TORONTO, Ontario, May 8, 2012 ( – Legal arguments again consumed an entire hearing as Linda Gibbons made her latest court appearance last Friday morning on a charge of disobeying a court order in connection with her arrest at the Morgentaler “Clinic” abortion site last December 16. She has pled not guilty.

Her counsel, Daniel Santoro, followed up on his motion for a directed verdict of not guilty, first requested at a previous hearing on April 26. He is positing that Gibbons is not bound by the terms of a permanent injunction banning specified activities within 150 metres of the Morgentaler site, because she was not named in the action that brought it about and never consented to it. The injunction, he argues, could not be made binding on every person in the world.

“It is manifestly unfair to apply the order to people not involved in the settlement,” Santoro told Justice William R. Wolski Friday. “The order should use language that binds others; this order does not … It’s not an order against her and could not be.”

Crown attorney Andrew Cappell retorted that case law has made it clear orders can be issued against persons unknown and are binding on them in certain circumstances. He has argued that the text of the injunction stipulates that it is applicable to “Jane Doe” and persons unknown, although Santoro has responded that “Jane Doe” and “persons unknown” are not actually part of the order.

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Cappell added that case law shows it is not necessary to refer to persons unknown at all and he charged that the defence motion was a “collateral attack” against the validity of the civil injunction itself, something not permitted in a criminal court. Gibbons “should challenge the order itself in the proper venue (civil court),” said Cappell. “I’d agree to an adjournment for that.”

Santoro replied that he was not attacking the validity of the order at all, but rather was simply saying the measure did not apply to his client. “Read the order – it doesn’t bind my client … A judge’s role is being subdelegated to a police officer … The collateral attack argument is a red herring. It obviously isn’t one.” Cappell then rose to again claim Santoro’s motion was a collateral attack.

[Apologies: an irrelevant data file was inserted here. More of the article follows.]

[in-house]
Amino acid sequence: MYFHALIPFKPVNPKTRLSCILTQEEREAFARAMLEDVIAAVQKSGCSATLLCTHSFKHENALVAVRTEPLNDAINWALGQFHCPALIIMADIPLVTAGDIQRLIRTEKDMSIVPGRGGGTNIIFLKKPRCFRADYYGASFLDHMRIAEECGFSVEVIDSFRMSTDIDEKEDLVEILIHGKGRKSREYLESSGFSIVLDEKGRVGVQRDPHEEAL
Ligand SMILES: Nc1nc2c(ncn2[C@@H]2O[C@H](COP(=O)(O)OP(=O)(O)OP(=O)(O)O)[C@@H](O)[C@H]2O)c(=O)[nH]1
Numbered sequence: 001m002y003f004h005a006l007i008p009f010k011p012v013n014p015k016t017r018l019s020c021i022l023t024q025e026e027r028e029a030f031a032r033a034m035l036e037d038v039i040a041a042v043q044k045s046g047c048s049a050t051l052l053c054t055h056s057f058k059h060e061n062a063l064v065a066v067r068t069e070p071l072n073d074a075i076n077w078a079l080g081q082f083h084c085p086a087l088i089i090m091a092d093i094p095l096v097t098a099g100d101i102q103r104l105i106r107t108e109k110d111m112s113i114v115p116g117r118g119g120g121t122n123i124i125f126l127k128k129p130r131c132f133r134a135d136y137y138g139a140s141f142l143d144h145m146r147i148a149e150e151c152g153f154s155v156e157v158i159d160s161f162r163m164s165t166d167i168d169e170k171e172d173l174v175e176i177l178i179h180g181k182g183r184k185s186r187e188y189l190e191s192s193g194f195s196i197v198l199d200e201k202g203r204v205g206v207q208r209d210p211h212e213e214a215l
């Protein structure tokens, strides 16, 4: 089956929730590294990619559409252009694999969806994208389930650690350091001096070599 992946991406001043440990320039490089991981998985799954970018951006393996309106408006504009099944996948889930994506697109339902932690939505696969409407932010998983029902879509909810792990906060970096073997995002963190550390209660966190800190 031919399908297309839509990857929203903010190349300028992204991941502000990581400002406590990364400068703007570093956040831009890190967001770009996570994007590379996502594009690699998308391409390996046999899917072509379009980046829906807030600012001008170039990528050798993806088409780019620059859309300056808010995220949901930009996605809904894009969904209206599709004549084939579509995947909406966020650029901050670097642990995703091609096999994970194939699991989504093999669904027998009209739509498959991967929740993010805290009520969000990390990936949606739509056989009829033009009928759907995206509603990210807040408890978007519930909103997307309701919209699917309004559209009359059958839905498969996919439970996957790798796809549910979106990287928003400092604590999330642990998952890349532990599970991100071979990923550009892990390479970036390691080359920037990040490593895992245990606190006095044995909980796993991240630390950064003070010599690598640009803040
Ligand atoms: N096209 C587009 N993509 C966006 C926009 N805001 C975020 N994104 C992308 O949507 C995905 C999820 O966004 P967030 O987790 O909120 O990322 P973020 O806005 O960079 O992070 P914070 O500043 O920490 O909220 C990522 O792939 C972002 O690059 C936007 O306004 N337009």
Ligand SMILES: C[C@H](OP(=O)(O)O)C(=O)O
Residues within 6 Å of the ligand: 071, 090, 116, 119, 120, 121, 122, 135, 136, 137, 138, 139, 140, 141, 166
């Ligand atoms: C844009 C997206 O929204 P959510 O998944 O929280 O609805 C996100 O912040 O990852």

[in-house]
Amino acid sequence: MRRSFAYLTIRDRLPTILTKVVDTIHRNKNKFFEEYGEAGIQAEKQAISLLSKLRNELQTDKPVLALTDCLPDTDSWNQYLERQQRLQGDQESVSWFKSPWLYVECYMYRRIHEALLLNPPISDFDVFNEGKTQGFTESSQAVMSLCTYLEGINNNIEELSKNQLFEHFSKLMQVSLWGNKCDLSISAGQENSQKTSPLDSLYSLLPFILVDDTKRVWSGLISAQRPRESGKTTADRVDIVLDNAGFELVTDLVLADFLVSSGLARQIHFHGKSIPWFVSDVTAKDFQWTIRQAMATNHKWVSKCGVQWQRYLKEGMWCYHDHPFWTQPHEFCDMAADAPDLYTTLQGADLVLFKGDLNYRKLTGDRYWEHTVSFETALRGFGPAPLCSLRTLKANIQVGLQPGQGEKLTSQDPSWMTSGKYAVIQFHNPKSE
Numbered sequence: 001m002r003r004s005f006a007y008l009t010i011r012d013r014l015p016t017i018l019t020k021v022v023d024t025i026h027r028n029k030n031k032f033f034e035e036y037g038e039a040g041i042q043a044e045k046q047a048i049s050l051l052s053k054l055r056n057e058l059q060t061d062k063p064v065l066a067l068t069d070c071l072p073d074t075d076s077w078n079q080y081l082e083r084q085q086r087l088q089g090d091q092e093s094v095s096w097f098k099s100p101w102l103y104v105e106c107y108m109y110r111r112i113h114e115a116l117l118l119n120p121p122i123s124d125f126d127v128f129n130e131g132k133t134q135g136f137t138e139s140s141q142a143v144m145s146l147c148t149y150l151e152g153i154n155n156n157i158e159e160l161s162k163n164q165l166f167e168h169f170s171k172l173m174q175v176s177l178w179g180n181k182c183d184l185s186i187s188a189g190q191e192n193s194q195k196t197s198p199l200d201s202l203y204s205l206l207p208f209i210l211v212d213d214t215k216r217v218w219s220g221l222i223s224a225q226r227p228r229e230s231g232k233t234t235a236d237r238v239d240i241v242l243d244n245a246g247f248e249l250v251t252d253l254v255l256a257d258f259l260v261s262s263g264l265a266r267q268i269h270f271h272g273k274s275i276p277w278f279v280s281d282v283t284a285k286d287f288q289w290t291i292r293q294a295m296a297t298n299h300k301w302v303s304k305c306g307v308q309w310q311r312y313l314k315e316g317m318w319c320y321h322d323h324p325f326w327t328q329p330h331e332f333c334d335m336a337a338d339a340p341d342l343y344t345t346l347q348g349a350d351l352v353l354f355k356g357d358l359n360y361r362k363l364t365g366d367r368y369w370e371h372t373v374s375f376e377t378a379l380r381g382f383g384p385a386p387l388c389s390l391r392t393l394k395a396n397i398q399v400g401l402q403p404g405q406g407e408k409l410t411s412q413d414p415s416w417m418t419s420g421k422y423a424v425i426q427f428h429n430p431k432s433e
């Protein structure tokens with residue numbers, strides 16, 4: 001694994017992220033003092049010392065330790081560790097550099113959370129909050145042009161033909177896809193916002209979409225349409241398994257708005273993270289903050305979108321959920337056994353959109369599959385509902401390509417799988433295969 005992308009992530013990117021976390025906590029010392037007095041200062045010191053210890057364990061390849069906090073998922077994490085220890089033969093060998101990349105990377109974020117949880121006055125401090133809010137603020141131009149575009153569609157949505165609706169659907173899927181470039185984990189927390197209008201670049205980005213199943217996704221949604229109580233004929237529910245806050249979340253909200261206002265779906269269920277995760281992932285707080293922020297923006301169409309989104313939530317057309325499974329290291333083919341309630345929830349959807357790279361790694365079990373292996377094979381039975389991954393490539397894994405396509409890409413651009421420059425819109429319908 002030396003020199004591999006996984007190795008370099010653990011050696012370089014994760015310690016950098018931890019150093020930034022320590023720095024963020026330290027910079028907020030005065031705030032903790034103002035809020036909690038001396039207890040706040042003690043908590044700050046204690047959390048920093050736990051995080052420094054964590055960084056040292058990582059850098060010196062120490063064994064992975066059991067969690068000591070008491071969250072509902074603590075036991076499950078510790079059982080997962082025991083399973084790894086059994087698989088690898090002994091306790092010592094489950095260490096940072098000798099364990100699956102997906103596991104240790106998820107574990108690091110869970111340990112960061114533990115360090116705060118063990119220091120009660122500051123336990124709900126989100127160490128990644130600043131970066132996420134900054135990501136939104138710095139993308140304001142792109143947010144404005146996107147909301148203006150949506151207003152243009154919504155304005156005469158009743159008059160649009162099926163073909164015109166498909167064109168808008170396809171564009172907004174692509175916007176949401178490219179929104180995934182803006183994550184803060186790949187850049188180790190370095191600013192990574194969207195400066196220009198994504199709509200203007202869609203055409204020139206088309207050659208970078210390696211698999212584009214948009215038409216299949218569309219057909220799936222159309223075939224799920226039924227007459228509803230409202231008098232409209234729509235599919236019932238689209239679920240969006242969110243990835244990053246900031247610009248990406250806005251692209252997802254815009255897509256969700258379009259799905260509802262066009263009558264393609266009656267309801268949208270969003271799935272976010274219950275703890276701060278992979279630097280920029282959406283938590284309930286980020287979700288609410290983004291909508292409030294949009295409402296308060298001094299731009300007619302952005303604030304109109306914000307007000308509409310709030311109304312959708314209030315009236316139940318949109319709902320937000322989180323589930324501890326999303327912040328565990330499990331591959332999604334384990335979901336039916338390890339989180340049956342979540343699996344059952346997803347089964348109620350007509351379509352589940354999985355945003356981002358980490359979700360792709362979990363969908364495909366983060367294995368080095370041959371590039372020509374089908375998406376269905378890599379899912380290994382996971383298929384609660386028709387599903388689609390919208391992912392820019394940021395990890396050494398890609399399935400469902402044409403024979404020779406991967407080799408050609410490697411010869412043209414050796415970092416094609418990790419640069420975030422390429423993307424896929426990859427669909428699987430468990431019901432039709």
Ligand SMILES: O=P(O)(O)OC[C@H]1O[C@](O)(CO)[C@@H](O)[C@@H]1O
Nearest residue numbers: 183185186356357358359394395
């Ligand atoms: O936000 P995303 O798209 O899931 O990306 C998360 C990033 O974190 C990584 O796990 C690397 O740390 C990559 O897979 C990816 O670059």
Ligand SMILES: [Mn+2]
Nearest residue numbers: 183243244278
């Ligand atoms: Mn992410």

Wolski concluded that he would need further time to review the competing arguments before coming to a decision on whether to allow the defense motion. He adjourned the trial for that purpose to Monday, June 4 in Room 504 of the College Park courthouse at Yonge and College Streets in Toronto. The hearing may be traversed to another room depending on where Wolski is assigned that day. Gibbons will remain in custody at the Vanier Centre for Women in Milton as she has declined to agree to proposed terms of bail.

Should Wolski deny the defense motion, the trial will continue on June 14. Santoro has another argument prepared in that case – that Gibbons’s conduct on December 16 did not violate the terms of the injunction in the first place. “The order does not capture peaceful, silent standing in front of a clinic with anti-abortion literature in hand,” he had said on April 26.

The entire process will become moot if the Supreme Court of Canada rules in Gibbons’s favor regarding her appeal to that court of a previous conviction on the grounds that she was improperly prosecuted in a criminal court for a violation of an injunction issued by a civil court. If she wins, she will go free and the government will no longer be able to prosecute her in a criminal court in such matters. The decision from Ottawa is still being awaited.


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